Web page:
The debate about the Building Energy Act shows the limits of the capitalist market economy in the conversion to renewable energies and the necessity of an overall social, democratic planning oriented towards the needs of people and the environment.
This also applies to the fact that the heating conversion in the time frame now envisaged means an enormous demand for production capacities and labour. The heating industry in Germany is strongly characterised by small and medium-sized enterprises, and these companies have understandable concerns that they will not be able to meet the demand and will not be able to withstand the competition from large suppliers from the USA or Asia. Thus, the potential for creating new jobs could have the opposite effect. Here, too, the state should ensure that publically owned production capacities are built up, skilled workers trained and jobs created.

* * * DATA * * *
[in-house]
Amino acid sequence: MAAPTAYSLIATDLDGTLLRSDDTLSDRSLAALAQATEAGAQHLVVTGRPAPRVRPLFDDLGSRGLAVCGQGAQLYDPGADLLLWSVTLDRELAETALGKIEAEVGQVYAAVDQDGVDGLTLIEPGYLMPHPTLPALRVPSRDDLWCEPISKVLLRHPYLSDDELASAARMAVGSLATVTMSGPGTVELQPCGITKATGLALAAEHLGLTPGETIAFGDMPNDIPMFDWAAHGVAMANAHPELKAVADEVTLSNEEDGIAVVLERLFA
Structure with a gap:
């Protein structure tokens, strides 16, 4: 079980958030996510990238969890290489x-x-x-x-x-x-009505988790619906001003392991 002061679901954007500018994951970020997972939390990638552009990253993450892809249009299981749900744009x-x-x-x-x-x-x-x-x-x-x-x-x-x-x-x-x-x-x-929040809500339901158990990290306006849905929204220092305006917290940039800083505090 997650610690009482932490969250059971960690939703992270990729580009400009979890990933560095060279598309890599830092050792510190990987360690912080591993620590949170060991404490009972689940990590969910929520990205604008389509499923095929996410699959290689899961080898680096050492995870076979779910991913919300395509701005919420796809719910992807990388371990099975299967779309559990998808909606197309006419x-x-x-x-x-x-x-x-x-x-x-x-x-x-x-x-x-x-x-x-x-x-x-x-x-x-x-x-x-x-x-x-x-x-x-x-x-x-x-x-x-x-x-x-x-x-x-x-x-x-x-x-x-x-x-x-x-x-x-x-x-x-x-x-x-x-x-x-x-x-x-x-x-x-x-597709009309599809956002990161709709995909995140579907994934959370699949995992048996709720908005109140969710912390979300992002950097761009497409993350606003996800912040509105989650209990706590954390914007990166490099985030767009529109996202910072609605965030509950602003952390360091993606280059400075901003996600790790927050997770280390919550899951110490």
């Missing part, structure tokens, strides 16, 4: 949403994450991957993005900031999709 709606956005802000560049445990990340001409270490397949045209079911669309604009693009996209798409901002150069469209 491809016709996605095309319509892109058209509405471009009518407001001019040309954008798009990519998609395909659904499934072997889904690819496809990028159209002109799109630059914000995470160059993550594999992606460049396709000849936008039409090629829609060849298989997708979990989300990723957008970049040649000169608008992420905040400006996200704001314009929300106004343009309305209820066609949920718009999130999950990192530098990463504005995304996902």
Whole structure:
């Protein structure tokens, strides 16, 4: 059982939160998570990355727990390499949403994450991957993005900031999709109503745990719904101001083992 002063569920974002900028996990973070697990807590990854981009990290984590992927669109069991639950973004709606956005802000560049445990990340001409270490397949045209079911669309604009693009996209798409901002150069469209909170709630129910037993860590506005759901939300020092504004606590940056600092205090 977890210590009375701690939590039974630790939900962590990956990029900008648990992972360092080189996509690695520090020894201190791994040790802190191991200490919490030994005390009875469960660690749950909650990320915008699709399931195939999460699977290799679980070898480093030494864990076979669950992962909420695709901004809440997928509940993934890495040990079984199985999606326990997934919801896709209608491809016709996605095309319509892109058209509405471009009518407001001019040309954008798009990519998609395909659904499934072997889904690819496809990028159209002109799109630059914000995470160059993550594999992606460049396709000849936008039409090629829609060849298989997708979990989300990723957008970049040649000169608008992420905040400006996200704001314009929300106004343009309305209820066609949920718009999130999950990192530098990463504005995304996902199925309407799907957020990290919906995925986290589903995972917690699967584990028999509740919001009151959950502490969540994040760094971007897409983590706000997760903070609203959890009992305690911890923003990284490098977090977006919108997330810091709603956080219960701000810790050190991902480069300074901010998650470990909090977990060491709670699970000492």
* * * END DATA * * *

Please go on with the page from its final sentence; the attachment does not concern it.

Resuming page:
The best way to do this is by nationalising large corporations and enterprises under democratic control and management. A public investment programme could support smaller companies at the same time but should be accompanied by democratic control rights for trade unions and employee representatives over working conditions and the use of funds. If this were part of the environmentally urgently needed change in transport policy – away from individual transport to the expansion of local and long-distance public transport – a conversion of the car industry could be used not only for the production of more buses and trains but also of products necessary for a real heat transition, such as large-scale heat pumps, geothermal drillers, etc. – without having to lose a single job
The “Wuppertal Institute for Climate, Environment, and Energy” has calculated that a heat transition, including the necessary housing renovations, would be possible by 2035 and would cost an additional fifty billion euros a year. This money would be there if the enormous assets, fortunes and profits of the capitalist class were taken and state funds were put into climate protection, instead of into the German military. But that would require a government prepared to break with capitalism and its profit-orientated logic.